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Pound Falls to Six-Week Low vs Euro as Data Dents Outlook

The pound fell to a six-week low against the euro as reports showed industrial and construction output unexpectedly declined in August, casting doubt on the strength of the U.K. recovery.

Sterling dropped against the dollar for a second week even as a separate report showed house prices rose to a record. The Bank of England kept its benchmark interest rate at a record-low 0.5 percent and maintained its bond-buying stimulus target at 375 billion pounds ($600 billion) at its latest policy meeting. Construction slipped 0.1 percent from July compared with a 0.8 percent gain forecast by economists. Gilts were little changed.

“We have a bearish view on the pound as we think the best of the data is probably behind us,” said Eimear Daly, head of market analysis at Monex Europe Ltd. in London. “The pound has come a long way and further gains may be limited.”

Sterling lost 0.4 percent to 85.05 pence per euro at 4:55 p.m. London time yesterday, when it reached 85.10 pence, the weakest since Sept. 2. The pound slid 0.4 percent to $1.5946. It fell to $1.5914 on Oct. 10, the lowest since Sept. 18.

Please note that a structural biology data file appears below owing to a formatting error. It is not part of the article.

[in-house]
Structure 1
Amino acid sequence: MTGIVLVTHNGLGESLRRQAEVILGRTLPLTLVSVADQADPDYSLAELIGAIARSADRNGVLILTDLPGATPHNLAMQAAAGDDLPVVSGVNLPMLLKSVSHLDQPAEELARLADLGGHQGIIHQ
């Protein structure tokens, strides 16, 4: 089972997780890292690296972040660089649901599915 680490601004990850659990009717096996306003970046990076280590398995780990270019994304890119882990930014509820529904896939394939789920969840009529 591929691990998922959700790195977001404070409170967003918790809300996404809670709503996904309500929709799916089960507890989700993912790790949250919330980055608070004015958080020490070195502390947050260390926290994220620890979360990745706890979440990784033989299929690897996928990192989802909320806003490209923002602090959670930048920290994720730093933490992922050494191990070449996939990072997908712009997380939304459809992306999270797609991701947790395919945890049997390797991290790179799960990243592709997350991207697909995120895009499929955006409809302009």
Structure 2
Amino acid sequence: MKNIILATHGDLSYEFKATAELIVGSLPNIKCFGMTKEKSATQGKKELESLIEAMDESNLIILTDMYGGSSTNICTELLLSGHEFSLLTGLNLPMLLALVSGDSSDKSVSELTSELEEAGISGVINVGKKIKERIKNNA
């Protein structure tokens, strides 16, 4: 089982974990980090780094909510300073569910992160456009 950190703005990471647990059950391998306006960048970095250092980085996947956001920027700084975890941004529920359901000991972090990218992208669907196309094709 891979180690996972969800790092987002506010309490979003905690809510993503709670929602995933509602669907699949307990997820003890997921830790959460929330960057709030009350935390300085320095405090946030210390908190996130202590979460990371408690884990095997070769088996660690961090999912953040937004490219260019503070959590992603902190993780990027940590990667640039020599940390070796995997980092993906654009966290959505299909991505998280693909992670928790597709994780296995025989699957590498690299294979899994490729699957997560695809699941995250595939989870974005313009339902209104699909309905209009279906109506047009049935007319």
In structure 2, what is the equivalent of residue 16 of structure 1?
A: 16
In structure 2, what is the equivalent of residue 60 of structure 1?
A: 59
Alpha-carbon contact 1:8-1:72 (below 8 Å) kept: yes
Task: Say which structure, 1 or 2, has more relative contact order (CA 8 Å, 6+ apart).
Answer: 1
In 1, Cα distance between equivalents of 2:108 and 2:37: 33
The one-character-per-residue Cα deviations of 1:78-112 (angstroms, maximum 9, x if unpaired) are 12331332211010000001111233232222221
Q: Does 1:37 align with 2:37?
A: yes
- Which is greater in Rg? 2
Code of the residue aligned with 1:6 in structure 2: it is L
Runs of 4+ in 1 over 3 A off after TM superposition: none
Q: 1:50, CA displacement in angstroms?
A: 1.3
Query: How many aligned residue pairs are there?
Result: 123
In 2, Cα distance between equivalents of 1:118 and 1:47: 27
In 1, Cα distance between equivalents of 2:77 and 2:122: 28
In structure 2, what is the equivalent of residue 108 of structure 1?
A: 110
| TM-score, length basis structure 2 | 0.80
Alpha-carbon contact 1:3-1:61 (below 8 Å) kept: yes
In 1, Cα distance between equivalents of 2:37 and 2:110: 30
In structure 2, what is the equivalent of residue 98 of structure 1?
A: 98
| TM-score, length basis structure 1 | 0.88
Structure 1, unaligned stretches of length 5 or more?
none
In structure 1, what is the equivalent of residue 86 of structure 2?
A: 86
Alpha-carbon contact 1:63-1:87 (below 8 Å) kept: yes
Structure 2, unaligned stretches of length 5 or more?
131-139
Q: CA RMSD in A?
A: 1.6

The U.K. currency advanced 5.3 percent in the past six months, the best performer among 10 developed-nation currencies tracked by Bloomberg Correlation-Weighted Indexes. The dollar rose 1.2 percent and the euro added 5.1 percent.

Industrial Production

U.K. industrial production unexpectedly fell 1.1 percent in August, the steepest drop in almost a year, the Office for National Statistics said on Oct. 9. Factory production fell 1.2 percent, while a separate report showed the trade gap narrowed less than economists forecast in the three months through August.

U.K. home values increased 0.5 percent from August to an average 235,534 pounds, London-based real-estate researcher Acadametrics and LSL Property Services Plc said yesterday.

The Bank of England’s Monetary Policy Committee, led by Governor Mark Carney, said in August it would keep interest rates low until unemployment, currently at 7.7 percent, falls below 7 percent.

The 10-year gilt yield was little changed since Oct. 4, at 2.73 percent. The price of the 2.25 percent bond due in September 2023 was 95.835.

Inflation slowed in September, according to economist forecasts before the data on Oct. 15. Consumer prices rose 2.6 percent from a year ago in August when they increased 2.7 percent, according to the median forecast of 34 economists in a Bloomberg News survey.

Gilts lost 3.1 percent this year through Oct. 10, according to Bloomberg World Bond Indexes. German bonds dropped 2 percent and U.S. Treasuries declined 2.6 percent.

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